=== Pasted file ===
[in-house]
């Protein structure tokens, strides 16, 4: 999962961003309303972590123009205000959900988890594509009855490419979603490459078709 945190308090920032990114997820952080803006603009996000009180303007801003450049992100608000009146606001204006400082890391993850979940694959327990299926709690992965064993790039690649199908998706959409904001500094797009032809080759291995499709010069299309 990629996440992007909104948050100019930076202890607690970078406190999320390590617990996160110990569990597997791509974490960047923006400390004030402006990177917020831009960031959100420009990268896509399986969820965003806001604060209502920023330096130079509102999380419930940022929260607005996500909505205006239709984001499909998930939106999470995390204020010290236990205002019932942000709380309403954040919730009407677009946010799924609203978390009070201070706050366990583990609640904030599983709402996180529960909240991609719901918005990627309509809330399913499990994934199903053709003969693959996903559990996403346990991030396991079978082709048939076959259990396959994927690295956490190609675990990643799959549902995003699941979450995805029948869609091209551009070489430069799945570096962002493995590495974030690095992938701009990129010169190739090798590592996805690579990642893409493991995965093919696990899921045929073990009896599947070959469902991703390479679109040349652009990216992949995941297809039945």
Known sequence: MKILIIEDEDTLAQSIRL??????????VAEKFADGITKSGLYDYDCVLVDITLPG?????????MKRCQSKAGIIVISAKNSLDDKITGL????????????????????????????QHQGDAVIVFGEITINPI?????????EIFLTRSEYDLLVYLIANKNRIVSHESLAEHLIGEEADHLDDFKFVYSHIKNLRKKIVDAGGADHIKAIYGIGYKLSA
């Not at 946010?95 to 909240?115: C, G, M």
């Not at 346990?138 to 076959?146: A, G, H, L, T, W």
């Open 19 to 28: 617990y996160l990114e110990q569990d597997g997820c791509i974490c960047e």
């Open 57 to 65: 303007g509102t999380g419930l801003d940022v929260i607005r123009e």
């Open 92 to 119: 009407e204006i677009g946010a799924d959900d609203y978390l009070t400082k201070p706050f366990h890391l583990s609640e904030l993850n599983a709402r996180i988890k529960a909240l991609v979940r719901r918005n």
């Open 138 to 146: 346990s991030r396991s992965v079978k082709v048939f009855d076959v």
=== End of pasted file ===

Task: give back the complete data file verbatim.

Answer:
[in-house]
């Protein structure tokens, strides 16, 4: 999962961003309303972590123009205000959900988890594509009855490419979603490459078709 945190308090920032990114997820952080803006603009996000009180303007801003450049992100608000009146606001204006400082890391993850979940694959327990299926709690992965064993790039690649199908998706959409904001500094797009032809080759291995499709010069299309 990629996440992007909104948050100019930076202890607690970078406190999320390590617990996160110990569990597997791509974490960047923006400390004030402006990177917020831009960031959100420009990268896509399986969820965003806001604060209502920023330096130079509102999380419930940022929260607005996500909505205006239709984001499909998930939106999470995390204020010290236990205002019932942000709380309403954040919730009407677009946010799924609203978390009070201070706050366990583990609640904030599983709402996180529960909240991609719901918005990627309509809330399913499990994934199903053709003969693959996903559990996403346990991030396991079978082709048939076959259990396959994927690295956490190609675990990643799959549902995003699941979450995805029948869609091209551009070489430069799945570096962002493995590495974030690095992938701009990129010169190739090798590592996805690579990642893409493991995965093919696990899921045929073990009896599947070959469902991703390479679109040349652009990216992949995941297809039945």
Known sequence: MKILIIEDEDTLAQSIRL??????????VAEKFADGITKSGLYDYDCVLVDITLPG?????????MKRCQSKAGIIVISAKNSLDDKITGL????????????????????????????QHQGDAVIVFGEITINPI?????????EIFLTRSEYDLLVYLIANKNRIVSHESLAEHLIGEEADHLDDFKFVYSHIKNLRKKIVDAGGADHIKAIYGIGYKLSA
């Not at 946010?95 to 909240?115: C, G, M």
């Not at 346990?138 to 076959?146: A, G, H, L, T, W």
């Open 19 to 28: 617990y996160l990114e110990q569990d597997g997820c791509i974490c960047e």
């Open 57 to 65: 303007g509102t999380g419930l801003d940022v929260i607005r123009e």
């Open 92 to 119: 009407e204006i677009g946010a799924d959900d609203y978390l009070t400082k201070p706050f366990h890391l583990s609640e904030l993850n599983a709402r996180i988890k529960a909240l991609v979940r719901r918005n």
């Open 138 to 146: 346990s991030r396991s992965v079978k082709v048939f009855d076959v």